Alle-Kiski Area HOPE Center evicts 13 clients
The Alle-Kiski Area HOPE Center made the unprecedented move Tuesday evening of evicting all of the residents from its emergency shelter.
Executive Director Michelle Bond said the seven women and their six children were ordered to leave after residents threatened and assaulted staff members.
“I really think that sometimes when you have community-living situations, there are personalities that when put together are volatile,” Bond said.
“This was just the perfect storm of personalities.”
Bond said problems began Friday when one resident spit on and attempted to assault a staff member.
Bond said the shelter began making arrangements to remove the resident, but wasn't able to do so immediately.
“It was already a highly emotionally charged group of participants,” Bond said. “It sent a message that whatever they did, they could not be removed from shelter.”
Problems, including minor vandalism, continued over the weekend.
A house meeting was called Tuesday evening with the center's director of supportive services, the coordinator of residential services and a residential advocate.
Bond said two staff members were assaulted by two residents at the meeting and threats that alarmed Bond were made against shelter staff.
Bond considered the threats serious enough that she felt the safest thing to do was remove all residents from the shelter.
That is something that's never happened in her 10 years with the HOPE Center.
“You want to provide the greatest good to the greatest number,” Bond said. “Sometimes, that means you have to make tough decisions.
“When your mission is the elimination of domestic violence, safety is everything.”
She believed the residents had been in the shelter for periods ranging from a few days to three weeks.
The children present ranged from preschoolers to teenagers.
Bond said the center offered the residents bus tickets and allowed them to make calls to other facilities to seek shelter.
She said the evicted residents will be eligible for help through the center's nonresidential services.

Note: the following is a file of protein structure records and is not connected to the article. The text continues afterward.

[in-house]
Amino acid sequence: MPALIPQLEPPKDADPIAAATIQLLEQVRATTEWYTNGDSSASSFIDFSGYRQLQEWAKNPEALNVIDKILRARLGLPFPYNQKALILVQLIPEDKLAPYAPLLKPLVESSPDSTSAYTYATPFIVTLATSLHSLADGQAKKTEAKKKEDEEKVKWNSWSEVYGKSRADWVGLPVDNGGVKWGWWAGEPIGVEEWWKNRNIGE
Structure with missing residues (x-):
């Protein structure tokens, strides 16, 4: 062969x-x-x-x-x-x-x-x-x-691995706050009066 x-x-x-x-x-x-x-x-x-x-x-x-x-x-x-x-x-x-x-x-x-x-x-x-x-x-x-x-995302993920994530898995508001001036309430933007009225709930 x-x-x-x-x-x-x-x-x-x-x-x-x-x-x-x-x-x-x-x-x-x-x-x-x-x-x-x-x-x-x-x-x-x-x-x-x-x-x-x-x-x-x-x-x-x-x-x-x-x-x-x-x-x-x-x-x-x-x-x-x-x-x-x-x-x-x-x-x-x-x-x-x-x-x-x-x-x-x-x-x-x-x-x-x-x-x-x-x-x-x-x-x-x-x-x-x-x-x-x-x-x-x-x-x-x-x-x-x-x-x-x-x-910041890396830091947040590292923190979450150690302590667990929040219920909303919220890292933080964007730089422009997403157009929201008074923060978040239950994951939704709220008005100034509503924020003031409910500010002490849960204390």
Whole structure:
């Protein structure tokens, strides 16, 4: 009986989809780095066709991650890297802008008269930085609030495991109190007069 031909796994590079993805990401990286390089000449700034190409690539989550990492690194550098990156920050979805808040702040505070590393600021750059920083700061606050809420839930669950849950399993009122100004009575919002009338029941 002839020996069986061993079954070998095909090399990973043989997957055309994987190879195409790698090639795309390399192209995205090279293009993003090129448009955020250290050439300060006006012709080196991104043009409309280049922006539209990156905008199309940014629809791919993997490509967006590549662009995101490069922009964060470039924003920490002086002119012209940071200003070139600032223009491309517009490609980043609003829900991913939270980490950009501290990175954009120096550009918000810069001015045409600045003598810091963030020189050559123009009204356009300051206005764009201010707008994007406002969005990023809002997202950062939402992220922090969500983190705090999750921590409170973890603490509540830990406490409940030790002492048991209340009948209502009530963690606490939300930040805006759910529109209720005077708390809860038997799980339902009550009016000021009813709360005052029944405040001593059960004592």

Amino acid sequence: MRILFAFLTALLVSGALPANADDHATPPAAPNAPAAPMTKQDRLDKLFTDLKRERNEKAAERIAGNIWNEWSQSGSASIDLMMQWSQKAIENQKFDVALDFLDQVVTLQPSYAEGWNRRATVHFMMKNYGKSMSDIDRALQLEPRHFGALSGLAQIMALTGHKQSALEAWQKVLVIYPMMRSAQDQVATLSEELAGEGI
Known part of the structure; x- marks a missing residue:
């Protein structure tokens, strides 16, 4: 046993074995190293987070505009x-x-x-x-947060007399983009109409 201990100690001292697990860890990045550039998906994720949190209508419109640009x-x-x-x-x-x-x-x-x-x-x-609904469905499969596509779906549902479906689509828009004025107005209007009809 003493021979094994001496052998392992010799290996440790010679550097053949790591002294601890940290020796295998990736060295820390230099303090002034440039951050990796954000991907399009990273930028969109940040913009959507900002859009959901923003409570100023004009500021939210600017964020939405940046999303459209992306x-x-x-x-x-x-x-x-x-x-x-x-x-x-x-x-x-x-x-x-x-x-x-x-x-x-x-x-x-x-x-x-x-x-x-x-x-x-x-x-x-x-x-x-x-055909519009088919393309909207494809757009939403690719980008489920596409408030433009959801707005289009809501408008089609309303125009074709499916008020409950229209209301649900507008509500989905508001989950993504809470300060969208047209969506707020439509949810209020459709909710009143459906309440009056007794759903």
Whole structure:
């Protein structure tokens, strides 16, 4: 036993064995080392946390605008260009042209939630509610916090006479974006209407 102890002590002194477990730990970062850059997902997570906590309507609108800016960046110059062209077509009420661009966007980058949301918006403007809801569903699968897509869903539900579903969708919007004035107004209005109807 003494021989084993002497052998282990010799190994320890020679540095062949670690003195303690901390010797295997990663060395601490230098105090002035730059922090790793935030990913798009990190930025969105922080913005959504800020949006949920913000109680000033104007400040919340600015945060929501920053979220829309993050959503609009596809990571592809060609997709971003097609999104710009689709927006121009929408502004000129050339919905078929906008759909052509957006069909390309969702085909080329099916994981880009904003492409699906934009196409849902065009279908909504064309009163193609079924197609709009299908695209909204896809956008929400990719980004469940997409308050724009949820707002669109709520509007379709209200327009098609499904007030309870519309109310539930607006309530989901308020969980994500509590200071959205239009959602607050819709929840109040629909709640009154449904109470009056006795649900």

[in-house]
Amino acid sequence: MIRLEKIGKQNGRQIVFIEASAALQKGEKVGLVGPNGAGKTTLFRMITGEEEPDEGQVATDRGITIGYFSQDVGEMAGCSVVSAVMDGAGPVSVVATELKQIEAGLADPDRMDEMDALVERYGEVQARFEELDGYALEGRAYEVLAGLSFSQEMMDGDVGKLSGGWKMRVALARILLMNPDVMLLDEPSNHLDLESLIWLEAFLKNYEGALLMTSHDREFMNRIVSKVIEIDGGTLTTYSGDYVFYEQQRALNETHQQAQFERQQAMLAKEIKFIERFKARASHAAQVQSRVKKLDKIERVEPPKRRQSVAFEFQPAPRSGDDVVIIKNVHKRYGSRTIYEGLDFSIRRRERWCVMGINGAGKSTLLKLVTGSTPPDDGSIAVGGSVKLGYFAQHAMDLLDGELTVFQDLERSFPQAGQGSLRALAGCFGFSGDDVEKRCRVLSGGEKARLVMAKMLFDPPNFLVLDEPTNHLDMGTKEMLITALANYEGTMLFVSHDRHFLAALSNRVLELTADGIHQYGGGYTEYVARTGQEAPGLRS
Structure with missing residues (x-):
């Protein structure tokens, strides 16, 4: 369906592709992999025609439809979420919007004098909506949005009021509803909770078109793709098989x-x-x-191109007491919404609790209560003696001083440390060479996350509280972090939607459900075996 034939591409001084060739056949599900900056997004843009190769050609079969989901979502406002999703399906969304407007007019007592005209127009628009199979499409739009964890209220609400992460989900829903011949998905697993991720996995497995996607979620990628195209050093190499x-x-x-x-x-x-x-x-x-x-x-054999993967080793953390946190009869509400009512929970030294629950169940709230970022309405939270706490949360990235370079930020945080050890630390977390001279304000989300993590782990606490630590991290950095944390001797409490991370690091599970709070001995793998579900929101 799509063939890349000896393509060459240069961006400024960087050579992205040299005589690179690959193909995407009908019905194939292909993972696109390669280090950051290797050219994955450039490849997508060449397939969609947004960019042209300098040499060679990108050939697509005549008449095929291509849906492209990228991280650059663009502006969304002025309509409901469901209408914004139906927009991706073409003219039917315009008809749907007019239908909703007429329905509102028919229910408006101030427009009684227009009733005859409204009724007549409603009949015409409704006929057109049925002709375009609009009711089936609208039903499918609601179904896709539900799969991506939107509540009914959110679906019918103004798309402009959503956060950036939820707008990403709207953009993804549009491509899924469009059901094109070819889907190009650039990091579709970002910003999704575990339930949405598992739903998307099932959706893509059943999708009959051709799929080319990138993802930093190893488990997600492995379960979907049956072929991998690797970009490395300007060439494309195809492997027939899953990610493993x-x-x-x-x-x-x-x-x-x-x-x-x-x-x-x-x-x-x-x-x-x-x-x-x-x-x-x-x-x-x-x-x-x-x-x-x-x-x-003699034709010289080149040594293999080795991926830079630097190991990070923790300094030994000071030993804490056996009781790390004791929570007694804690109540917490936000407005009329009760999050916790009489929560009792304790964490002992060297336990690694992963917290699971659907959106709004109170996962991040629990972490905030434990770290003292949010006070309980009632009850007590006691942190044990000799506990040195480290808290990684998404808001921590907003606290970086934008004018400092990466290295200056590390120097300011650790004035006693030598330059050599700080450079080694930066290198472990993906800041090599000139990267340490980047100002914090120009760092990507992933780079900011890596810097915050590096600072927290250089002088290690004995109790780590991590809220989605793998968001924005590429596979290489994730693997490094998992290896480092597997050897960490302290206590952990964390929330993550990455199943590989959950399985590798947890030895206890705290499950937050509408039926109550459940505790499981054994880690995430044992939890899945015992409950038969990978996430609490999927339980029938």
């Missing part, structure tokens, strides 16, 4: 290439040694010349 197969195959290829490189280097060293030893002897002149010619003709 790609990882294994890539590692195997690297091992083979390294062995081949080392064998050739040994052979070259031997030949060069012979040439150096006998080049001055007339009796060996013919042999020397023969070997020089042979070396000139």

Bond estimated it took the residents about three hours to vacate the shelter.
During that time, she said, the departing residents caused an estimated $10,000 in damage — including leaving a lit cigarette that had begun to catch a shower curtain on fire before it was discovered.
Bond said Tarentum police were on hand during the eviction to ensure problems didn't escalate.
She said no charges were pressed against the former residents; the assaulted staff members did not require medical treatment. The police department couldn't be reached for comment late Tuesday.
Shelter remains open
Bond said the shelter is not closed.
Employees planned to work into the early morning today to prepare a room for a new resident expected to arrive some time after midnight.
The shelter's 24-hour emergency hot line was answered when a reporter called.
In addition to a 30-day emergency shelter, the HOPE Center offers transitional housing, legal advocacy, prevention education, crisis intervention and counseling.
That education usually includes safety training — something Bond will be reviewing with staff as well.
“They're going to need some support in the coming days to restore their safety and confidence,” Bond said. “The wind is out of their sails.
“It's sad, because we're a place of peace and safety,” Bond said. “That things spiraled out of control is heartbreaking.”
Liz Hayes is a staff writer for Trib Total Media. She can be reached at 724-226-4680 or firstname.lastname@example.org.
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